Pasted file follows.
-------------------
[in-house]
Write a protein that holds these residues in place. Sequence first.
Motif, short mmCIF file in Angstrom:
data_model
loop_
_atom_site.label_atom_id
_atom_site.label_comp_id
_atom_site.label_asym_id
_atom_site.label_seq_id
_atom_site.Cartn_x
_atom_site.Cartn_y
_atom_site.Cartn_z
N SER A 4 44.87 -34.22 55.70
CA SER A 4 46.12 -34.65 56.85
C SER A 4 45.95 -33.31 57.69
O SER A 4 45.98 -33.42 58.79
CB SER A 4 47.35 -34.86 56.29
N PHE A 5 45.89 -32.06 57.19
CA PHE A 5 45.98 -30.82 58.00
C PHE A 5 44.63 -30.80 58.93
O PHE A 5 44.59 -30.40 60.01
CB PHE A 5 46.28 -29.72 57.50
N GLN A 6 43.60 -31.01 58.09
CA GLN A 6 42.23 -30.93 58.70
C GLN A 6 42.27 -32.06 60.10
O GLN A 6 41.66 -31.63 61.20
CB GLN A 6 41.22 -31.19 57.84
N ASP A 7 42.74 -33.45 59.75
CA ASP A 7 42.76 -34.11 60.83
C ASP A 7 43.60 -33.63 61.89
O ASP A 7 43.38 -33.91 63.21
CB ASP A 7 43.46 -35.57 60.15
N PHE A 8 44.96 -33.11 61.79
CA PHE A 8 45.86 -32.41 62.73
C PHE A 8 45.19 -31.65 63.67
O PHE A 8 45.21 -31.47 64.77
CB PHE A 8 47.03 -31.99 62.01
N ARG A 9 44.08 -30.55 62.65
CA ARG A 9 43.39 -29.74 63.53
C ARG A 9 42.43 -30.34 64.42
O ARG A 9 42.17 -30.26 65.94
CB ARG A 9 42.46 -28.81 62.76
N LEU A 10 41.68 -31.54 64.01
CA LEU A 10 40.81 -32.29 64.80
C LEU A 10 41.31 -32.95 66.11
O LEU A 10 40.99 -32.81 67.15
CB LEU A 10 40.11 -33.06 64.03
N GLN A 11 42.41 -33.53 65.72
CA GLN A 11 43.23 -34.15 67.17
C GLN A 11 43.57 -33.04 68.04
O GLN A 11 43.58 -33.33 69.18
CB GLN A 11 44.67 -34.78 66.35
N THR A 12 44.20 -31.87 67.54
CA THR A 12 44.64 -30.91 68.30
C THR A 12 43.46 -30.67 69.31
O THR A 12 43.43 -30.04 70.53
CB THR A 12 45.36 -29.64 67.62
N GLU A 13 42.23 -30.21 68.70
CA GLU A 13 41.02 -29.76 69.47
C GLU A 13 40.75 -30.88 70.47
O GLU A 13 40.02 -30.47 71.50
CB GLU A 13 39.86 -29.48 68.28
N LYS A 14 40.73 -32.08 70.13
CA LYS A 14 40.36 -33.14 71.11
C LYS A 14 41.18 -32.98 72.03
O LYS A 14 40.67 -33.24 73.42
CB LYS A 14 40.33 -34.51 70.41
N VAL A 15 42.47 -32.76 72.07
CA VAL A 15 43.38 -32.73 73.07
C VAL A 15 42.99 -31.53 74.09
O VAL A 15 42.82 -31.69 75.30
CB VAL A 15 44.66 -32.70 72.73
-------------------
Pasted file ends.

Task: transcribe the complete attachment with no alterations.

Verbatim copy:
[in-house]
Write a protein that holds these residues in place. Sequence first.
Motif, short mmCIF file in Angstrom:
data_model
loop_
_atom_site.label_atom_id
_atom_site.label_comp_id
_atom_site.label_asym_id
_atom_site.label_seq_id
_atom_site.Cartn_x
_atom_site.Cartn_y
_atom_site.Cartn_z
N SER A 4 44.87 -34.22 55.70
CA SER A 4 46.12 -34.65 56.85
C SER A 4 45.95 -33.31 57.69
O SER A 4 45.98 -33.42 58.79
CB SER A 4 47.35 -34.86 56.29
N PHE A 5 45.89 -32.06 57.19
CA PHE A 5 45.98 -30.82 58.00
C PHE A 5 44.63 -30.80 58.93
O PHE A 5 44.59 -30.40 60.01
CB PHE A 5 46.28 -29.72 57.50
N GLN A 6 43.60 -31.01 58.09
CA GLN A 6 42.23 -30.93 58.70
C GLN A 6 42.27 -32.06 60.10
O GLN A 6 41.66 -31.63 61.20
CB GLN A 6 41.22 -31.19 57.84
N ASP A 7 42.74 -33.45 59.75
CA ASP A 7 42.76 -34.11 60.83
C ASP A 7 43.60 -33.63 61.89
O ASP A 7 43.38 -33.91 63.21
CB ASP A 7 43.46 -35.57 60.15
N PHE A 8 44.96 -33.11 61.79
CA PHE A 8 45.86 -32.41 62.73
C PHE A 8 45.19 -31.65 63.67
O PHE A 8 45.21 -31.47 64.77
CB PHE A 8 47.03 -31.99 62.01
N ARG A 9 44.08 -30.55 62.65
CA ARG A 9 43.39 -29.74 63.53
C ARG A 9 42.43 -30.34 64.42
O ARG A 9 42.17 -30.26 65.94
CB ARG A 9 42.46 -28.81 62.76
N LEU A 10 41.68 -31.54 64.01
CA LEU A 10 40.81 -32.29 64.80
C LEU A 10 41.31 -32.95 66.11
O LEU A 10 40.99 -32.81 67.15
CB LEU A 10 40.11 -33.06 64.03
N GLN A 11 42.41 -33.53 65.72
CA GLN A 11 43.23 -34.15 67.17
C GLN A 11 43.57 -33.04 68.04
O GLN A 11 43.58 -33.33 69.18
CB GLN A 11 44.67 -34.78 66.35
N THR A 12 44.20 -31.87 67.54
CA THR A 12 44.64 -30.91 68.30
C THR A 12 43.46 -30.67 69.31
O THR A 12 43.43 -30.04 70.53
CB THR A 12 45.36 -29.64 67.62
N GLU A 13 42.23 -30.21 68.70
CA GLU A 13 41.02 -29.76 69.47
C GLU A 13 40.75 -30.88 70.47
O GLU A 13 40.02 -30.47 71.50
CB GLU A 13 39.86 -29.48 68.28
N LYS A 14 40.73 -32.08 70.13
CA LYS A 14 40.36 -33.14 71.11
C LYS A 14 41.18 -32.98 72.03
O LYS A 14 40.67 -33.24 73.42
CB LYS A 14 40.33 -34.51 70.41
N VAL A 15 42.47 -32.76 72.07
CA VAL A 15 43.38 -32.73 73.07
C VAL A 15 42.99 -31.53 74.09
O VAL A 15 42.82 -31.69 75.30
CB VAL A 15 44.66 -32.70 72.73